Eating disorders such as anorexia nervosa and bulimia nervosa are serious chronic conditions that are often underdiagnosed. These illnesses have high morbidity and mortality so it is important for us to recognize the signs and symptoms in order to get our kids the right help they need for recovery. Jasmine Reese, M.D., director of the Adolescent and Young Adult Specialty Clinic at Johns Hopkins All Children’s Hospital, shares some important information on this topic.
What is an eating disorder?
Eating disorders are complex medical illnesses that have serious physical, mental and psychosocial consequences as well as association with high mortality rates. Some examples of eating disorders include anorexia nervosa, bulimia nervosa, binge eating disorder, and avoidant restrictive food intake disorder. These are actually mental health disorders and so someone suffering from an eating disorder should not only have a medical provider involved in their care, but they should also have a mental health expert involved as well.
What are some of the signs and symptoms of an eating disorder?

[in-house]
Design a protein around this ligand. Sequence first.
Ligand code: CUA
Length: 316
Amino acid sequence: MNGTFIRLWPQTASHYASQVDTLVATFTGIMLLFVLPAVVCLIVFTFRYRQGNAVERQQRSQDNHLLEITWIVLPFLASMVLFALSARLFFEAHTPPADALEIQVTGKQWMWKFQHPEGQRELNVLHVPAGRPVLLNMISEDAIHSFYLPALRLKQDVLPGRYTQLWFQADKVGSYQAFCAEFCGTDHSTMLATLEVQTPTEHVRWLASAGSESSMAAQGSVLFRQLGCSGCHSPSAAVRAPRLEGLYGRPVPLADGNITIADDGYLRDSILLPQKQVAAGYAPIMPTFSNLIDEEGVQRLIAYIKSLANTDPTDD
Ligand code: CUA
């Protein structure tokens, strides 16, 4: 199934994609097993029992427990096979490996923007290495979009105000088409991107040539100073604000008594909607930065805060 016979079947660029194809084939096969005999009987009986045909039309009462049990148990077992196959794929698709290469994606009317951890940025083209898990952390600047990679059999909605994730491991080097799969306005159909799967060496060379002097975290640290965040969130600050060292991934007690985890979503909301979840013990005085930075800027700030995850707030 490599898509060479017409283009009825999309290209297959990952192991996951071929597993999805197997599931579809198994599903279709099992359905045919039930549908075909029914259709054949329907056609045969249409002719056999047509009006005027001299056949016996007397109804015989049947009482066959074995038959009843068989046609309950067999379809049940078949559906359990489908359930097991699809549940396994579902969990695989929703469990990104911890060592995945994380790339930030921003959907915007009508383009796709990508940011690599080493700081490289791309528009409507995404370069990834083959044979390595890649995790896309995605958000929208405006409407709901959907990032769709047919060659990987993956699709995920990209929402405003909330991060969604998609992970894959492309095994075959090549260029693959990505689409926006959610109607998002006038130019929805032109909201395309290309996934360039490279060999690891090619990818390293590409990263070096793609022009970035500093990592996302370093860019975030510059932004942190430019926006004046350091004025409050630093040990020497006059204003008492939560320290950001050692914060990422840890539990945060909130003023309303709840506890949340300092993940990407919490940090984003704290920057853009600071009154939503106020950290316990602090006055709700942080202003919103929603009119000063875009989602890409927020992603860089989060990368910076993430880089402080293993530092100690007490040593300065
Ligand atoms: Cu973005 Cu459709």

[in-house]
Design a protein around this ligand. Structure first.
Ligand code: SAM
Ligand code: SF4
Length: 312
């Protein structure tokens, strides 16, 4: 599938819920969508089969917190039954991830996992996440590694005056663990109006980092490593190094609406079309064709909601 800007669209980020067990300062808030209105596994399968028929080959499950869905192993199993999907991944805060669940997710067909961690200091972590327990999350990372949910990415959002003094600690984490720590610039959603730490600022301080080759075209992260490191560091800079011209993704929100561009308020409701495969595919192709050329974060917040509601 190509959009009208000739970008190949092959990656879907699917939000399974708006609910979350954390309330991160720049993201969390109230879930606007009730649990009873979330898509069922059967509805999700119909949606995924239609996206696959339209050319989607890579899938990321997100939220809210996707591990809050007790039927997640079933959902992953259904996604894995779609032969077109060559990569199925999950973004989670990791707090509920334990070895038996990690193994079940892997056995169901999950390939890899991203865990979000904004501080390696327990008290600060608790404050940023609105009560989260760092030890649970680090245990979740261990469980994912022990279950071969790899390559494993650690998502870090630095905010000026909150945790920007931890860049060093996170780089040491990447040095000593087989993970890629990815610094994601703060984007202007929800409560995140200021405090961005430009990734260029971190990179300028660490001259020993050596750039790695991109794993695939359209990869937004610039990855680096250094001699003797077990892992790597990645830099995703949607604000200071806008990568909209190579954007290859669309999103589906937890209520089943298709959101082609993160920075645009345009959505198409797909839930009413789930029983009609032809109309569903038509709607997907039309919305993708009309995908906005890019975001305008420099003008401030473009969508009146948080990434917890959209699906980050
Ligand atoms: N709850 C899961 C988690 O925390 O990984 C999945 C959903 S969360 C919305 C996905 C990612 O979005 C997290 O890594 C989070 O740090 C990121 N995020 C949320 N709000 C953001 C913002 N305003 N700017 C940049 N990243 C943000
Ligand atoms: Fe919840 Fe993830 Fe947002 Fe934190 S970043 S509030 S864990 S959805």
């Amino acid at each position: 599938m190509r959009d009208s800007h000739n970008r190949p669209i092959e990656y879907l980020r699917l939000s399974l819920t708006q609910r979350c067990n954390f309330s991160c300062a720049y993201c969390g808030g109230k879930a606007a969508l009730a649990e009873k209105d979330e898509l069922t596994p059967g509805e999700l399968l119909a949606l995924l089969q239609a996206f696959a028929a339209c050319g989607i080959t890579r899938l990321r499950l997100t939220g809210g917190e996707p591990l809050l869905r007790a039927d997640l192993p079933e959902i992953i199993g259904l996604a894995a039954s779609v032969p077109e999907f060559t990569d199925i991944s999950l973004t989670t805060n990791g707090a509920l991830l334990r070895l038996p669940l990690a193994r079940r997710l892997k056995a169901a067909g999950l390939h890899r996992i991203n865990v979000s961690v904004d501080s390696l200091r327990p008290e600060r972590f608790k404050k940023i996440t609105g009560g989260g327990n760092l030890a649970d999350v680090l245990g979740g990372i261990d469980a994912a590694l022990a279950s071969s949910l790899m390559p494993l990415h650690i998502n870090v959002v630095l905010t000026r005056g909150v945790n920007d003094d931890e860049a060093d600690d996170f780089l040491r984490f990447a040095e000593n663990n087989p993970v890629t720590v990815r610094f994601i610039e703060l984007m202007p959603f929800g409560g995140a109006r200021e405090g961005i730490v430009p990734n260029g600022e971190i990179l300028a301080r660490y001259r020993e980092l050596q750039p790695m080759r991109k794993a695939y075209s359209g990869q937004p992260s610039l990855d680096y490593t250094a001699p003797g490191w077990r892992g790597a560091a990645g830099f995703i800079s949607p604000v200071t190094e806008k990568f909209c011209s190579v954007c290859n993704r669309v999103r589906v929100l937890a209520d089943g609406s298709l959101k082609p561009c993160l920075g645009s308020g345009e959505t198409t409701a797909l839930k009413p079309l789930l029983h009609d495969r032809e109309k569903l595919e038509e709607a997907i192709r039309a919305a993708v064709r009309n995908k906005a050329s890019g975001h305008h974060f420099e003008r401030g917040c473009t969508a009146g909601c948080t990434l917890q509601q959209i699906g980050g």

One of the most common signs that you may notice is an individual who frequently skips most of his or her meals or often restricts food intake. You may also notice binging or purging behaviors. Someone with anorexia nervosa may be restricting food intake to the point of malnutrition, severe weight loss and also have fear of gaining weight or severe body image disturbances. On the other hand, someone who may be struggling with binge eating disorder may be eating larger than normal portions of food in one sitting to the point of feeling sick. These are all examples of an unhealthy relationship with food.
What can happen due to severe food restricting or binge eating behaviors?
Over time, an individual’s body can undergo unhealthy changes including rapid weight change, hormone changes, electrolyte shifting, low energy, fatigue, breathing problems, hair loss, blood pressure changes, heart rhythm abnormalities, fainting and even death.
What are some helpful questions to screen for eating disorders?
S: Do you ever make yourself sick because you feel uncomfortably full?
C: Do you worry that you have lost control over how much you eat?
O: Have you lost more than about 14 pounds in a three-month period?
F: Do you believe yourself to be fat when others say you are too thin?
F: Would you say food dominates your life?
What should you do if you or someone you know is suffering from an eating disorder?
Take your concerns seriously. This can be a very sensitive topic to discuss but reaching out to a trusted adult is extremely important. Discussing with your pediatrician or doctor will help you receive the right care, evaluation, diagnosis and treatment plan.
This information was shared on WTVT-TV’s Doc on Call segment, which is aimed at helping parents learn more about children’s health issues. The segment airs each Monday morning on Good Day Tampa Bay.